Sunday, 23 June 2013

Long message

There are long or level messages in Teemu when you enter a level theme that has it. You have an option to turn them off so I thought it would be good to be able to view last five messages just as regular message buffer. Storing the messages to a list was the easy part, since it's just a std::list in World class.

Programming the display routine took more time. First I had to solve how the window size knows its height, because each long message has different amount of lines. The "formatted" text output routine Write_F actually returns the amount of lines, but the routine to count lines was inside it. Of course you could always detach that part to independent routine, but it's not always that easy when you have local variables. So what I did was just call Write_F for each message and store the amount of lines. Write_F doesn't show the messages unless update is called, so it didn't matter. After that I knew the amount of lines, displayed the window and then displayed messages again on top of that window. Done!

It took about an hour or possibly more to write that routine. A perfect example why roguelike programming is slow. A roguelike can have hundreds of features, all of them waiting for implementation. And not only that, you can break the underlying framework if you need something new for a feature. It can then break some other features. The framework is extremely important, but sometimes it doesn't support something you need and changing how the engine works can be really difficult. This already has happened in Teemu with events that were carelessly mixed in.

Saturday, 22 June 2013

Scripting hard

Teemu's unfinished features have been reduced from 23 to 16. I guess it's something, but hardest stuff is still to do. Once again I noticed that when you put something else in a class from another type of class as functional part of it it's usually a bad idea. But keeping those pesky classes strictly modular is quite impossible or at least unpractical in game programming.

I had an idea to use scripting in one of my roguelike projects. I guess scripting is widely used, but it's alien to me. I might as well try to go as far as possible and try to describe the game using only scripting. I think the good thing about scripting is that it's easier to stay away from static data structures and create a complete set of data for the game content. Maybe even before you write a single line of code. It's like planning the game content in a form of scripting.

Writing a parser for scripting is the hard part and also creating a game engine that can chew the processed data. It's going to be an interesting project. Or not.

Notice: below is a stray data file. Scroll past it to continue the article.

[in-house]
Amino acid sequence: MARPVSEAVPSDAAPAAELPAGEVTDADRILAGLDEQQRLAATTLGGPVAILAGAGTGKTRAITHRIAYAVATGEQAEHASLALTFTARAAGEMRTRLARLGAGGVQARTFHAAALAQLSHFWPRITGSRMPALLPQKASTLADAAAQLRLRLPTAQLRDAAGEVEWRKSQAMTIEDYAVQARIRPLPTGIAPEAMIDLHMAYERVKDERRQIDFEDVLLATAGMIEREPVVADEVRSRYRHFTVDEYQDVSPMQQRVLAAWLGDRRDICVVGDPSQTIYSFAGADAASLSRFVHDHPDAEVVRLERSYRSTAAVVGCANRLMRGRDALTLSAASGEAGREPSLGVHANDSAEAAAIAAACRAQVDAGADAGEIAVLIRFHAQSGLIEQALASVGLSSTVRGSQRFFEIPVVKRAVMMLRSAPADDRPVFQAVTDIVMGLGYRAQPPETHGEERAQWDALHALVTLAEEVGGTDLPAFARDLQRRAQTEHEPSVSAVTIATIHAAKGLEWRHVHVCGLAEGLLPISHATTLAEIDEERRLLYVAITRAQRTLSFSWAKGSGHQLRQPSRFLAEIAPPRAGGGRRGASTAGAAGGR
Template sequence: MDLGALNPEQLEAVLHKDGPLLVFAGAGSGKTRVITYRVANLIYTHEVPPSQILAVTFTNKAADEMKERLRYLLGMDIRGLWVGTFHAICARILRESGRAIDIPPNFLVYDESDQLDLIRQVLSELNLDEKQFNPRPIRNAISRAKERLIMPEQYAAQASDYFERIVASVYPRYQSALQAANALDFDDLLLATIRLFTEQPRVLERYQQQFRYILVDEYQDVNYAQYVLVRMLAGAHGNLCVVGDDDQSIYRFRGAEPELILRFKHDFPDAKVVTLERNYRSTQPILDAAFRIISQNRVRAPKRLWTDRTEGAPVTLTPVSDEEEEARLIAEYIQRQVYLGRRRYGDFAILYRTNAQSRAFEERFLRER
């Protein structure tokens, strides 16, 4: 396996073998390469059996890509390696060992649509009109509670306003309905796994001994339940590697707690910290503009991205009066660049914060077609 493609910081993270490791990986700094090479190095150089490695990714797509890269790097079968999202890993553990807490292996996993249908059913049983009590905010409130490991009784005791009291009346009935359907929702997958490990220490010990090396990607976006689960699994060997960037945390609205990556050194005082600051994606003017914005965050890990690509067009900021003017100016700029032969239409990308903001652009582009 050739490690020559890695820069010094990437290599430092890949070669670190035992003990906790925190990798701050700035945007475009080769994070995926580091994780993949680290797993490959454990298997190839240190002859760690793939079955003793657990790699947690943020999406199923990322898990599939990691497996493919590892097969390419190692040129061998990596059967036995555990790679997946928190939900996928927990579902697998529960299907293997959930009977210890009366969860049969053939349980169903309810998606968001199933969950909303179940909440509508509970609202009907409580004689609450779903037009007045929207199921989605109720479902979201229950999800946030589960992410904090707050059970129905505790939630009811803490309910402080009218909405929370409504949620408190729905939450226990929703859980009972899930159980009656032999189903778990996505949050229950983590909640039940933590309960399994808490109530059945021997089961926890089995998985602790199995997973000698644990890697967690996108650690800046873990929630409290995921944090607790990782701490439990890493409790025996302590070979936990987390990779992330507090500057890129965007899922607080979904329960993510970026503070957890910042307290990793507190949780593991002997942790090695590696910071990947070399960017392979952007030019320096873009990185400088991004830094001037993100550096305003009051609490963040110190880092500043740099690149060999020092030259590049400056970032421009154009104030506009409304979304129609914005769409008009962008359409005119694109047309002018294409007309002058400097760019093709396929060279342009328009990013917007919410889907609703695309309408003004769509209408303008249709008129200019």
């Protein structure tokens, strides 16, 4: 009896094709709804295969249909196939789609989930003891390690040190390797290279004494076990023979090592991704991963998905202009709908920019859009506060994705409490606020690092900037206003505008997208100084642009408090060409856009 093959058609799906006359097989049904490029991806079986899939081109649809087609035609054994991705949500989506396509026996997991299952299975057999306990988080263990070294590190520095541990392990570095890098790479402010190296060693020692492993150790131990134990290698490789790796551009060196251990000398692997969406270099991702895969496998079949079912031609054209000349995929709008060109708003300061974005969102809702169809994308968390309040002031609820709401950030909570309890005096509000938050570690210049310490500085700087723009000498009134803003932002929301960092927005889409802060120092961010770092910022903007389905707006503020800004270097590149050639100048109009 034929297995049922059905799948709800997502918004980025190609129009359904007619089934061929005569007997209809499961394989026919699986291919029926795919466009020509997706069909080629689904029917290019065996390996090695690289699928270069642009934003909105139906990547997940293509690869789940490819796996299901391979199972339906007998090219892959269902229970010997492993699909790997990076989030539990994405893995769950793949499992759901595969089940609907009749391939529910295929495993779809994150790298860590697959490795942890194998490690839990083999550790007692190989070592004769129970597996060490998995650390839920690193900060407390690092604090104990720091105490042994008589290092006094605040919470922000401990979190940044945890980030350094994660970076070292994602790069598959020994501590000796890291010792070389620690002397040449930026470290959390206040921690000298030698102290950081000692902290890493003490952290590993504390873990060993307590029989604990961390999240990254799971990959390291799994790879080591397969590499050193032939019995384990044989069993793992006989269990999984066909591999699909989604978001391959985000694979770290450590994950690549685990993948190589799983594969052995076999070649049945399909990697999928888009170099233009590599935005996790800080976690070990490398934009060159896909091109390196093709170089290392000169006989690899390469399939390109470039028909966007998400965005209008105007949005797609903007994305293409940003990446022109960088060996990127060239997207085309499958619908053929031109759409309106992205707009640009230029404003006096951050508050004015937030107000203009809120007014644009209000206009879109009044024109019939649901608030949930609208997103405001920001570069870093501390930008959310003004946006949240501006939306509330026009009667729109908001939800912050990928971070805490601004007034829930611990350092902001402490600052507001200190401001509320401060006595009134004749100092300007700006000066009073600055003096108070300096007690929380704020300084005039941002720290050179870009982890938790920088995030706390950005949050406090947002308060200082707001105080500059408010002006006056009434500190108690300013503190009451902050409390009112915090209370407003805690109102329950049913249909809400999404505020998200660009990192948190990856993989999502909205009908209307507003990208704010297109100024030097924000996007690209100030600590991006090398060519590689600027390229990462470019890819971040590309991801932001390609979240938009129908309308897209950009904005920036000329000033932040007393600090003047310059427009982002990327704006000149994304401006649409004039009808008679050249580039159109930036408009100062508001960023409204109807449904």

Thursday, 20 June 2013

Major issue

In IRDCon of Roguelike Radio was an interesting idea that roguelike is "major" when it has a lot of players. It's of course not like that. I think a strict definition is both unneccessary and funny, but when the game has complexity level of Nethack it can be called a major roguelike. However in my opinion even Nethack is too simple in a way. It has lots of items and enemies, but I've always thought that as "vertical" complexity. The "horizontal" complexity comes from the number of ways you can interact with the items and game world. It's an area that has a lot of room for improvement and I believe it's more important than the amount of stuff. You can have something like 300+ items, but the gameplay can still be extremely simple.

I'm working on several projects, but I haven't abandoned Teemu. It's a nice project, because it doesn't have to be anything like Kaduria which is really a seriously major project. I can put any wild ideas in Teemu and remove too complex ideas that would take too long to create (in the current version). Teemu has 23 issues to solve ranging from minor bugs to entire level themes. It's not that much, but there are always those difficult features that require more work.

Wednesday, 12 June 2013

International man of mystery

I heard they were talking about me on IRDCon. I hope it was all good things. Maybe some day I just appear there and surprise everyone. Well, maybe not.

I've cut down my forum time on some regular forums I visit. It's difficult for me, because somehow I have an addiction to forums even things often get into me vs. world situation. I hope the forum time will be allocated on game development in more efficient fashion.

Finally started to work on my new project. I know it's madness, but I need more projects to jump between them or I'll get bored. Besides this new game is a nice idea. It was one of those ideas you get suddenly before falling into sleep. It's almost like you could see the game in your mind's eye, the third one of course.